So far it works fairly well though. I also used the awning for the first time. It was great to have an area to get out of the truck in the morning and stay dry.

I've written a complete trip report here if you're interested.



66 Posts
Discussion Starter #7
Finally "completed" the sleeping platform. It's in quotes because, while it looks great and is totally usable, there's still a few things I want to tweak to make it easier to use.
  • The folding mattress is a bit difficult to fold/unfold inside the truck. Might have to cut it down a bit
  • You have to lift the mattress to get at the wheel well storage cubbies. I can't see a solution to this without cutting up the mattress and sewing together a new cover for it so I might just leave it and store recovery gear or something in there that I don't plan on using regularly.
  • The cutlery drawer is slightly out of alignment and I can't stow it with the cutting board in place. Should be a quick fix with the belt sander and a few more coats of poly.
  • The front leaf isn't held up very well on the driver's side. I'll have to make some tracks for the support bars to slide in and tweak the fit.
If there's enough interest I might do a write up with some more photos detailing how it's put together and all the mistakes I made.


Here's one of the wheel well storage cubbies. This one has the portable jump starter, air compressor, and a few spare water bottles for emergencies. At the moment you need to lift the mattress to get in there.

To get the full 6.5' both front seats have to be slid forward and reclined The fold-flat passenger seat is the perfect height to support the leaf but on the driver's side I've got some 1x2's that slide out. They need a bit of work.

Here's the passenger side in its stowed position with the mattress and passenger leaf folded back. Not the smoothest to deploy but it'll do.

73 Posts
That's cool - I'm on a quest to build my own cost has been a factor but also I have other "performance" and maintenance things to do first. I'm almost there though - once I do my nerf bars and rear bumper it will be onto the electrical and storage phase of my build which I'm really looking forward to! Thanks for sharing your pictures, if you have sketchup files or anything like that and don't mind sharing I'd love to get a copy of them! Here's a rough idea of what I'm planning with mine - my buddy has a CNC machine and says we could just get everything setup and then cutout all the parts and assemble.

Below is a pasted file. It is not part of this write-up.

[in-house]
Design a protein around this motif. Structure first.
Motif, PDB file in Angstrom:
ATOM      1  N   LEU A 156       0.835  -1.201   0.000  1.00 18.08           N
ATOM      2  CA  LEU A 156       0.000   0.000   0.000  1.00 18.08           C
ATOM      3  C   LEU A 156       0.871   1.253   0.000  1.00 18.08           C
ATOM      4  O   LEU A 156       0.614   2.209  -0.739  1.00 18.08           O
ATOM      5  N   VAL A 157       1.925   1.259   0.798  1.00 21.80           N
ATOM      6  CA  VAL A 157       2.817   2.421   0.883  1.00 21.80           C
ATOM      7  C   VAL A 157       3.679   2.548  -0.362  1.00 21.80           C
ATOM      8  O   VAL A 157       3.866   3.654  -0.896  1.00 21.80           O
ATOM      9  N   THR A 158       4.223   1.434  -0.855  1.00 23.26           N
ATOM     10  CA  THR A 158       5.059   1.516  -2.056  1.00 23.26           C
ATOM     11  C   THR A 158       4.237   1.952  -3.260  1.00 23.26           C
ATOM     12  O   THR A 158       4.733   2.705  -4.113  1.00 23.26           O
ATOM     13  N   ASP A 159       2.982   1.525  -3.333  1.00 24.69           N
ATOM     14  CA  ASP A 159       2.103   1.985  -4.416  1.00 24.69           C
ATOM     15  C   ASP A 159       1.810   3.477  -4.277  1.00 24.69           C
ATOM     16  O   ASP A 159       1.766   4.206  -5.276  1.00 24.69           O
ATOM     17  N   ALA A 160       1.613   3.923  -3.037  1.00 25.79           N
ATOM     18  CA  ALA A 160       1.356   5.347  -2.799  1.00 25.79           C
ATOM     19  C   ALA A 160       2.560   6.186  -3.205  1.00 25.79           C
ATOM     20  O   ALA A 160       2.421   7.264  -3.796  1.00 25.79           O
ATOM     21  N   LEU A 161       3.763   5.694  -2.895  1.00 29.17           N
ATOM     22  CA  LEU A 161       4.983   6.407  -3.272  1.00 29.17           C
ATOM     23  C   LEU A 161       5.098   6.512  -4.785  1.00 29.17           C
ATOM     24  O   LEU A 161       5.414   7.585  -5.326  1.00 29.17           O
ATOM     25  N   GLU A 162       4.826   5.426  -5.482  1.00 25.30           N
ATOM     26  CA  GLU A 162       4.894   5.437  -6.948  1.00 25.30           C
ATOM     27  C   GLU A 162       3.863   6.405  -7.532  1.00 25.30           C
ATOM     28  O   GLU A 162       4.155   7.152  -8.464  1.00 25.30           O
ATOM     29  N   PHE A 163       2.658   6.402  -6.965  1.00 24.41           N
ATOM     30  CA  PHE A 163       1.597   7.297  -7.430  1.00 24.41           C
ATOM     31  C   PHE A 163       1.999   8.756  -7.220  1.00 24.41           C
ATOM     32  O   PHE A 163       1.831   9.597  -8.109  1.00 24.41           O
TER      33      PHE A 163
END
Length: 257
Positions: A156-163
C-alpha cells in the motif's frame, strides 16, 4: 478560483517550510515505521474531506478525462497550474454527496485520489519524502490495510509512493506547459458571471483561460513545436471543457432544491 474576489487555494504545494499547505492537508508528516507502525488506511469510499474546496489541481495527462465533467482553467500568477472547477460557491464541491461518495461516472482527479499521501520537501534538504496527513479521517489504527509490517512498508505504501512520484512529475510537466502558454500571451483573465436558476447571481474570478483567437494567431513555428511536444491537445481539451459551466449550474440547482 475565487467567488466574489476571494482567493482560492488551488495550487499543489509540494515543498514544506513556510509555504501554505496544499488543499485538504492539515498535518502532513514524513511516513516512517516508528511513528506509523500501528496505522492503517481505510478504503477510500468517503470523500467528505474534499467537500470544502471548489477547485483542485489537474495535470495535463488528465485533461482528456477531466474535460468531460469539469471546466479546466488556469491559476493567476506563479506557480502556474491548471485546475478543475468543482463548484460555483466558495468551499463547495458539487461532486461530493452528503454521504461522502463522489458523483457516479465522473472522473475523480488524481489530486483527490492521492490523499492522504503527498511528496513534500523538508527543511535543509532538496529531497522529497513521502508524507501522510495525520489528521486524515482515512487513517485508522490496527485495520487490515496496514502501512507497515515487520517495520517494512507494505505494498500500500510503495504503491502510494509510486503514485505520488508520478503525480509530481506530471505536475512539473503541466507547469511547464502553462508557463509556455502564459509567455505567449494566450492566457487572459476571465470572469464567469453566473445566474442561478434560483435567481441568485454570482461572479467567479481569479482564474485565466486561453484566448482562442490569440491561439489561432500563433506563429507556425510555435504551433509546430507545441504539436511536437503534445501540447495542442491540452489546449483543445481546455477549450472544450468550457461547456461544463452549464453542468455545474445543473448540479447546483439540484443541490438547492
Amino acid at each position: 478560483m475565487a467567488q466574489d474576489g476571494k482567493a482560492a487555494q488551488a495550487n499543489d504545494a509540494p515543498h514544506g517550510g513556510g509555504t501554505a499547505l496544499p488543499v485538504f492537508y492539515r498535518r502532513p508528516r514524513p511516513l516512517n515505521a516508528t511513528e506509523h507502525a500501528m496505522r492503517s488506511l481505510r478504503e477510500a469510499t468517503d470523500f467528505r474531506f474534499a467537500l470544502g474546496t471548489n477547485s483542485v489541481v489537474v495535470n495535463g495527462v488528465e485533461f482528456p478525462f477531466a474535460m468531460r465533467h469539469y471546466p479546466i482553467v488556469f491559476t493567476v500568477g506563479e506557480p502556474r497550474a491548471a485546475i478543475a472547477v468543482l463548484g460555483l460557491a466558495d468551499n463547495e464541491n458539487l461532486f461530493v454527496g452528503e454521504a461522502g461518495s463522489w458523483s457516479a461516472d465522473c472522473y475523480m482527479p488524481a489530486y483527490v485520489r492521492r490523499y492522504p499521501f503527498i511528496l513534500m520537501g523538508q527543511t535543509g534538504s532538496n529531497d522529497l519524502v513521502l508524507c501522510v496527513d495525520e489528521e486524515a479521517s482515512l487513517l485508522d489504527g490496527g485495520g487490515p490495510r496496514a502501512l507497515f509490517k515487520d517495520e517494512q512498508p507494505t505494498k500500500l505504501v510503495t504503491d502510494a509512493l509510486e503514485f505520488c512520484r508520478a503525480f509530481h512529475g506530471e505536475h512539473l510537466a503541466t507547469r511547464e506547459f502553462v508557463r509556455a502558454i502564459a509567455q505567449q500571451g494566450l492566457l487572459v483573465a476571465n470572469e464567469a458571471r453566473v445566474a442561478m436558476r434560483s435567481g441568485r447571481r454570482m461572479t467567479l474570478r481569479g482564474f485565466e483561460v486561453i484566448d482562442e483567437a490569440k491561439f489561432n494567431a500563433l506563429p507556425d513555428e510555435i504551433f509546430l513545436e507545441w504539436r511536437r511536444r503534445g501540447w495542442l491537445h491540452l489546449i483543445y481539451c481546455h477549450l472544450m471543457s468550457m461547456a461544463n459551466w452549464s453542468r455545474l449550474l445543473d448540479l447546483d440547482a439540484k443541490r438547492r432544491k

Since I initially laid this out I've had some changes in mind though. One I think I'm going to go with more of a roller floor type system (popular on the ARB drawers) and I'm going to ditch the sink compartment and probably one of the drawers as well. I want to try and keep it as low as possible so I can still see out the back window. I also have been thinking about putting in some sort of lift system for the drawers, similar to what truckvault built so I don't lose access to that storage area under the floor. With the drawers on top it could be a really nice place to store valuables.

Mostly the goal for me is to not have to unload/unpack anything from the truck when I'm at camp besides the tables and chairs. I'd also like to have a secure storage drawer.


2009 Nissan Xterra Offroad
44 Posts
Awesome build. I literally just closed on buying a 2009 Xterra Off-Road earlier today. Live in Colorado, big time hiker, camper, backpacker, so I'm already looking to build out a sleep platform. Looking forward to diving in to a project. Already have a retractable awning I've been sitting on for 6 months while I waited to buy a new vehicle, so I'll be camp-ready in no time.

1,456 Posts
Enjoyed following this topic.
Thanks for all the pictures.

66 Posts
Discussion Starter #13
Now that the mods have slowed I haven't been on the forums as much lately and missed the last few comments come in. My newly minted Instagram is here if anyone wants to keep up on photos. It's private but I'll approve. It's mostly outdoor photos and video clips from the new drone with some occasional Xterra glamour shots.